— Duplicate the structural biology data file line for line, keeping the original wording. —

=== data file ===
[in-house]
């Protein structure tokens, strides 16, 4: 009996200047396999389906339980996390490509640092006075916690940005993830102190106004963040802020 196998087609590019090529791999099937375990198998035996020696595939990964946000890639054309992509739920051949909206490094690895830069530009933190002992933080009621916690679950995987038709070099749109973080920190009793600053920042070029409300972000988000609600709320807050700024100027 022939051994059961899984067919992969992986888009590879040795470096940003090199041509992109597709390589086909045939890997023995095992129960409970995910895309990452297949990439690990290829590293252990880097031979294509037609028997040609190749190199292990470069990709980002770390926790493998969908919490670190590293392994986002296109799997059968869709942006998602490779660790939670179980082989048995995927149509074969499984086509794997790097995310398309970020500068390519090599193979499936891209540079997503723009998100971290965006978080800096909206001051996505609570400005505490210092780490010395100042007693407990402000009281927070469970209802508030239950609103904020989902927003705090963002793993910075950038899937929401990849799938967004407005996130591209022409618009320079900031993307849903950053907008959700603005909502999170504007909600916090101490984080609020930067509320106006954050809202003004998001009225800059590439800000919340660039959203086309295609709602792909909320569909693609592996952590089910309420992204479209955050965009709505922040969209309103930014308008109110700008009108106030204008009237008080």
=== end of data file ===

[in-house]
């Protein structure tokens, strides 16, 4: 009996200047396999389906339980996390490509640092006075916690940005993830102190106004963040802020 196998087609590019090529791999099937375990198998035996020696595939990964946000890639054309992509739920051949909206490094690895830069530009933190002992933080009621916690679950995987038709070099749109973080920190009793600053920042070029409300972000988000609600709320807050700024100027 022939051994059961899984067919992969992986888009590879040795470096940003090199041509992109597709390589086909045939890997023995095992129960409970995910895309990452297949990439690990290829590293252990880097031979294509037609028997040609190749190199292990470069990709980002770390926790493998969908919490670190590293392994986002296109799997059968869709942006998602490779660790939670179980082989048995995927149509074969499984086509794997790097995310398309970020500068390519090599193979499936891209540079997503723009998100971290965006978080800096909206001051996505609570400005505490210092780490010395100042007693407990402000009281927070469970209802508030239950609103904020989902927003705090963002793993910075950038899937929401990849799938967004407005996130591209022409618009320079900031993307849903950053907008959700603005909502999170504007909600916090101490984080609020930067509320106006954050809202003004998001009225800059590439800000919340660039959203086309295609709602792909909320569909693609592996952590089910309420992204479209955050965009709505922040969209309103930014308008109110700008009108106030204008009237008080």